A look back at the 2006 release, Sonic Riders. A very polarizing things, we look at what the game excelled at, while noting how some of the flaws may have led the game to be overlooked.
The Zen of Video Games – No Circle of Light Here
When the Leviathyn gang was talking about doing a Halo week, I inwardly groaned – I felt like I would have absolutely nothing to say. Even now, I’m just typing away, writing this up without knowing where I’m going with it, or if there’s even an interesting point to be explored at all.
The thing is – and the internet will crucify me for this – I don’t like Halo. Don’t get me wrong, the first game was great, it was intense, imaginative, and fun. And then Halo 2 shit itself inside out in the first hour of play, and I was done. I might’ve given Halo 3 a try, but Halo was more popular than orgasms by this point, and my natural wariness of over-popular things like Britney Spears and Twilight has paid off time and time again, so I gave Halo 3 (and every other Halo game since) a pass. I’m perfectly aware that games like Halo, as opposed to Britney Spears and Twilight, are popular for a reason, and maybe it was just my inner hipster refusing to go along with the ‘cool’ kids, but I still couldn’t shake the sense that I was dodging a bullet by staying away from them.
And of course, Halo has continued to be popular, and gain accolades upon accolades, and selling like Justin Bieber CD’s….and I’m just sitting here, not Master Chief-ing. Even though posts about Halo 4 were a welcome respite from the endless political B.S. festooning my Facebook news feed last week, and I AM grateful for that, I still won’t be playing the game.
And this bothers me. Despite not having played them, I’ve assimilated enough information about them to know that Halo 3 wrapped things up pretty thoroughly. Halo 4, by rights, should be the start of something new and different, and if the gameplay is still tight enough to please millions of mindless Mountain-Dew-chugging, Doritos-munching fanboys, then there’s no reason it couldn’t be a good game, despite Microsoft’s absolutely shameless greed.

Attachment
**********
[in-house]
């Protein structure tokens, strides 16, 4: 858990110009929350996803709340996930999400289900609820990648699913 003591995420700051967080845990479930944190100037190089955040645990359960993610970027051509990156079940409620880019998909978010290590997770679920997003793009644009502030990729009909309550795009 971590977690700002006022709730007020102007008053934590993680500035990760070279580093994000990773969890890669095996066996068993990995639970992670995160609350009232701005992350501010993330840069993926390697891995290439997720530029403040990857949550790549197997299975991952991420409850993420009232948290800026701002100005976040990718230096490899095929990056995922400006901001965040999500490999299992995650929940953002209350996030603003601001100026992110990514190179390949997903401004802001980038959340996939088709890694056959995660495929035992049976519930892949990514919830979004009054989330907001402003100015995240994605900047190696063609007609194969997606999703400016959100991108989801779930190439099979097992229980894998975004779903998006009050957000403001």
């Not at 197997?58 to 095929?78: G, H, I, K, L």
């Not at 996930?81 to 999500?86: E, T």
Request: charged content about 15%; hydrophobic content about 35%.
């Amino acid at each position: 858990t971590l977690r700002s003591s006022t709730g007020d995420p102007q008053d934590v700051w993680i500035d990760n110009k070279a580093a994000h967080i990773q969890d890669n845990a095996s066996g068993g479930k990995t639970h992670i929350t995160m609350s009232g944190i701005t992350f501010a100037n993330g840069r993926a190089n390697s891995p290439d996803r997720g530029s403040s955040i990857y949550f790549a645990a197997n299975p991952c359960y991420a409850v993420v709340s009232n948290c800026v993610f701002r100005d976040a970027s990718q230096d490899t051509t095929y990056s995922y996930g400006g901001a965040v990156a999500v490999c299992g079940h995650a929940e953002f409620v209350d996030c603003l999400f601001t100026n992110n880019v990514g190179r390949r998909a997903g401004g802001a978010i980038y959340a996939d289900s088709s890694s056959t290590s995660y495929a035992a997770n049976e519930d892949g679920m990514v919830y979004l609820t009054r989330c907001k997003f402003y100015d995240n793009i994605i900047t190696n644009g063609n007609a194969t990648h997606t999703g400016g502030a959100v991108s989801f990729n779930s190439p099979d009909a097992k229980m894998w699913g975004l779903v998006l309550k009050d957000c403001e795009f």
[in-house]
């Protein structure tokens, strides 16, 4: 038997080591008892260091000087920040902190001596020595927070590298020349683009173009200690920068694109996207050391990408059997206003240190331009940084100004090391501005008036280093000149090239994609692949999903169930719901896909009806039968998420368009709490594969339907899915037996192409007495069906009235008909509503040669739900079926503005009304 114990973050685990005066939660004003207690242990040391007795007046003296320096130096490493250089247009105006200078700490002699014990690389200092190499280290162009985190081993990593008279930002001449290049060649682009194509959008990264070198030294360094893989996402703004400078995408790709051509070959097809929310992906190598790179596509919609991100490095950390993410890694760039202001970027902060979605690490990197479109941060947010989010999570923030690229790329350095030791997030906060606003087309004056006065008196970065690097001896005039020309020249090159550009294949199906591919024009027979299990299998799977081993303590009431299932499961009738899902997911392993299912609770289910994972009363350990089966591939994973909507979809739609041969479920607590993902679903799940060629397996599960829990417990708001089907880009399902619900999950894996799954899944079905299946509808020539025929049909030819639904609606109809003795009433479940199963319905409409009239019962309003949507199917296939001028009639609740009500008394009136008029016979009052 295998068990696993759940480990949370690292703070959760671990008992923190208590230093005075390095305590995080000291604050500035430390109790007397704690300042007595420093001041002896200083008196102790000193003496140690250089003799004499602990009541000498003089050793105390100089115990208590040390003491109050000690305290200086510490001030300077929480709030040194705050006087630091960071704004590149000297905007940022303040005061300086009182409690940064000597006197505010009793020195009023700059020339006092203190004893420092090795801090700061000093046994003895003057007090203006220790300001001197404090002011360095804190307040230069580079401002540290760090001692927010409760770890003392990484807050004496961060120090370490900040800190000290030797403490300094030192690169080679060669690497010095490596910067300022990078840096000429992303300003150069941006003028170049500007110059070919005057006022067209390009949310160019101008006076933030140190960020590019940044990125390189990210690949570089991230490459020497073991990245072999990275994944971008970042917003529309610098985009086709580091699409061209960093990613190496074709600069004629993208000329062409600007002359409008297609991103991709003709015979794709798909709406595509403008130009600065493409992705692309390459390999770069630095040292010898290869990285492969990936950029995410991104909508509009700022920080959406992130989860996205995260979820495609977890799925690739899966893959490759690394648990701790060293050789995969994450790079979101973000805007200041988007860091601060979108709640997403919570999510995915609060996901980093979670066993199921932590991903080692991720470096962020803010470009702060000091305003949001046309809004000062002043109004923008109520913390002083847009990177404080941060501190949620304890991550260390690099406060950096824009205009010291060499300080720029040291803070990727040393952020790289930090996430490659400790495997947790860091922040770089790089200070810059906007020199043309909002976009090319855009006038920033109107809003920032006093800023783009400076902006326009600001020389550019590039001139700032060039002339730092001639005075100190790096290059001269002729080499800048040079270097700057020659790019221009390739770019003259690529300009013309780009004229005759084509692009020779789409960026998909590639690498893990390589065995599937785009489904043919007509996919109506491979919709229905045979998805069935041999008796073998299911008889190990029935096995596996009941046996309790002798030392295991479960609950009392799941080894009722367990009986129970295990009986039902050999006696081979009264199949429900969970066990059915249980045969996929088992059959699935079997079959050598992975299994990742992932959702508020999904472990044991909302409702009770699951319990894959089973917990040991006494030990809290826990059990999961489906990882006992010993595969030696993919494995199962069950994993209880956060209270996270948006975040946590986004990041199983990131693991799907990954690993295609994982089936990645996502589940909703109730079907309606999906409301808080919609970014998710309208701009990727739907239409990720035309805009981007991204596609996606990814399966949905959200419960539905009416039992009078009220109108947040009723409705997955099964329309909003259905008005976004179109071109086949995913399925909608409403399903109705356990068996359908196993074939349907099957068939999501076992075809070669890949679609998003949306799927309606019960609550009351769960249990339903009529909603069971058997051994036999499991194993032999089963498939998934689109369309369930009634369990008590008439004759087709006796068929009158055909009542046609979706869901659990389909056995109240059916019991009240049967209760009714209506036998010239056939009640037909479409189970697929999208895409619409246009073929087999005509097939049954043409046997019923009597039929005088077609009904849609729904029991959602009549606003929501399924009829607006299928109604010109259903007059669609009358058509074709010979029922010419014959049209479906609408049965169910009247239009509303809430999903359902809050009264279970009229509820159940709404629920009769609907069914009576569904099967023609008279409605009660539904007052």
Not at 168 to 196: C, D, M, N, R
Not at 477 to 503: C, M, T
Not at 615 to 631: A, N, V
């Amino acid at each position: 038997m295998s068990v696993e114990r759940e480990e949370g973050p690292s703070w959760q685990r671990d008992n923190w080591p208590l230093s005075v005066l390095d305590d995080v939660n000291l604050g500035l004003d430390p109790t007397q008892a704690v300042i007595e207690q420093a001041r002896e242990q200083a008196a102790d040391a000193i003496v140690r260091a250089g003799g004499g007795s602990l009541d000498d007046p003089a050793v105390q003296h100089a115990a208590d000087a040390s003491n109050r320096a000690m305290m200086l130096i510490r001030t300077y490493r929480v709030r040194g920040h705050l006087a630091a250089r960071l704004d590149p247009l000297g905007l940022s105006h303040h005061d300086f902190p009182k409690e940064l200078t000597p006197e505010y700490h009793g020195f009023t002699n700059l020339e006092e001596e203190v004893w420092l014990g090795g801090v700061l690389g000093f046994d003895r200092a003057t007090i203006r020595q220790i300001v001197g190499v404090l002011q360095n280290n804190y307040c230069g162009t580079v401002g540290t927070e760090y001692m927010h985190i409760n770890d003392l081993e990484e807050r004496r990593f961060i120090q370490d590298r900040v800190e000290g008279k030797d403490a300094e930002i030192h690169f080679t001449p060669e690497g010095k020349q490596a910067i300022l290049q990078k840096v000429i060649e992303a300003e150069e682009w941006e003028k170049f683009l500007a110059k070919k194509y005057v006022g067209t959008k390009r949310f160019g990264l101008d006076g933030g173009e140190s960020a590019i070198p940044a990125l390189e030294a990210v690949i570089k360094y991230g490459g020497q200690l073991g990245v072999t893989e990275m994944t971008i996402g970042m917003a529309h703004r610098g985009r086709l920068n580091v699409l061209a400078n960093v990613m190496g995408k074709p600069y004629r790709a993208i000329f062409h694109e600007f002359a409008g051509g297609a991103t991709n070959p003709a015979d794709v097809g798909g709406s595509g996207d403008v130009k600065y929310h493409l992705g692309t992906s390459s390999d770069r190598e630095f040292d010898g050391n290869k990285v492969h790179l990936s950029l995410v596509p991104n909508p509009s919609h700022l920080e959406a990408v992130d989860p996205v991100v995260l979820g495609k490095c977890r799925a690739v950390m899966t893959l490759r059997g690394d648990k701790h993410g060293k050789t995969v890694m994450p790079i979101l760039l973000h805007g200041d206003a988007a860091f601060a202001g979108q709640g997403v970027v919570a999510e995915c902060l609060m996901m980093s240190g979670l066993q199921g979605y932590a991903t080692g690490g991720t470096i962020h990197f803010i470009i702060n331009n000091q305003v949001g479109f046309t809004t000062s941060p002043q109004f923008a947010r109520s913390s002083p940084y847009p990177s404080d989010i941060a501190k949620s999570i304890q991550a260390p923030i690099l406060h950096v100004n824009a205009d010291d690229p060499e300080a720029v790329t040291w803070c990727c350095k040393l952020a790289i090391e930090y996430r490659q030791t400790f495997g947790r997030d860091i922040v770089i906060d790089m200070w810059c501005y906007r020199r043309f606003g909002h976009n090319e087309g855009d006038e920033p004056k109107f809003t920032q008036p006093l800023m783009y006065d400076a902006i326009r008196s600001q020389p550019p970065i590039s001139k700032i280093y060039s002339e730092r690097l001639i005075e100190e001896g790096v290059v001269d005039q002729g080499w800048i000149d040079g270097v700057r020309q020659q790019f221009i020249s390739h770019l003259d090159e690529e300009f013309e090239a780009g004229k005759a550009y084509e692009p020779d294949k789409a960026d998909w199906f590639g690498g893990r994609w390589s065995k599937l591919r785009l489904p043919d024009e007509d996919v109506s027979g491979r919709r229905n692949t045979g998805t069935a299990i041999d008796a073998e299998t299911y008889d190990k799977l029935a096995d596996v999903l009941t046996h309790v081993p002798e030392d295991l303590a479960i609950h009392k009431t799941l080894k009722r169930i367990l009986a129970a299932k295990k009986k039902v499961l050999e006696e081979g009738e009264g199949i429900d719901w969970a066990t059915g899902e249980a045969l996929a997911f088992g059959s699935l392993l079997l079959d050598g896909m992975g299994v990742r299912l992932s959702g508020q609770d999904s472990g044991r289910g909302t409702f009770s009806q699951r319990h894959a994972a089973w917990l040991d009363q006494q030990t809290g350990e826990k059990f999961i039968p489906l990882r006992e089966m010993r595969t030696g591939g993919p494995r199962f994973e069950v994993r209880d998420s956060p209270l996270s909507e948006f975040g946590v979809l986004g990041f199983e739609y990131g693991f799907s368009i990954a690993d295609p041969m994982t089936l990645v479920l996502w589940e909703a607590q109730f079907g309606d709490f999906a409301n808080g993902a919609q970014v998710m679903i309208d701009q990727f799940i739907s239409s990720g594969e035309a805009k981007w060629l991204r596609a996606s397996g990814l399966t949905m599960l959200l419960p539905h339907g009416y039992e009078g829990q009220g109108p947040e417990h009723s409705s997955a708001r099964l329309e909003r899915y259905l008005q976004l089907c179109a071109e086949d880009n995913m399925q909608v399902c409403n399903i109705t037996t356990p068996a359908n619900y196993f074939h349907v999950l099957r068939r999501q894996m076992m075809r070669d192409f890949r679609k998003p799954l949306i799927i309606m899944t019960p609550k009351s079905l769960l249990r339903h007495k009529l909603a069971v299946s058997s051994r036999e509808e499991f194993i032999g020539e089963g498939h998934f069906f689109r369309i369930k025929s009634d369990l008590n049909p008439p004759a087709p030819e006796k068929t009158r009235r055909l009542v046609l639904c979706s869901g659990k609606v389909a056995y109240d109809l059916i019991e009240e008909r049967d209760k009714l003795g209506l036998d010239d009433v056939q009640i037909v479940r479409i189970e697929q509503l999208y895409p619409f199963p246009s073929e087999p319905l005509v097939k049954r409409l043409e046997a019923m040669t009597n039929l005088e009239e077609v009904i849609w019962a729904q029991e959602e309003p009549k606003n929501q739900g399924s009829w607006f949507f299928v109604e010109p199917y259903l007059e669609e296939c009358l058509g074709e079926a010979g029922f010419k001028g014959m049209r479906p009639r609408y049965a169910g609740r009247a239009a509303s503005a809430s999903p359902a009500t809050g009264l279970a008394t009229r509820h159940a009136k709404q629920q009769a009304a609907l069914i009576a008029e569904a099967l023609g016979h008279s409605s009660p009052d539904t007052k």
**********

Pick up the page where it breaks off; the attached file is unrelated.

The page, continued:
It’s just that my experience with Halo 2 was so completely and utterly miserable, it helped put me off the entire series. I remember the opening being incredibly confusing, something about a heretic and betrayal – I didn’t have a clue what was going on. I played for maybe half an hour, but the gameplay was just completely lifeless. It felt like I was just playing the first Halo again without any of the energy or creativity. I tried one more time, years later, but I made it just as far before realizing that between a story I didn’t understand (that didn’t give me any reason to care) and lackluster gameplay, there was nothing convincing me to keep playing.
And then I thought maybe the online multiplayer would make up for it. I played exactly two matches, and that was it. I performed as can be expected for someone who barely knew which end of a gun the bullets came out of, and I expected to suck, but what I didn’t expect was the ridiculous amount of griefing. Spawn camping, teabagging, name-calling, all in a single match. You haven’t been humiliated until someone who sounds like a 7-year-old boy calls you a “pathetic noob”. I shrugged it off as just bad luck, getting matched up with premature ill-mannered dipshits, but the second match was just more of the same. And that’s when I decided to walk away. I traded the game in – something I NEVER do, I’m a collector – and got Leisure Suit Larry: Magna Cum Laude instead, and I was much happier with that game.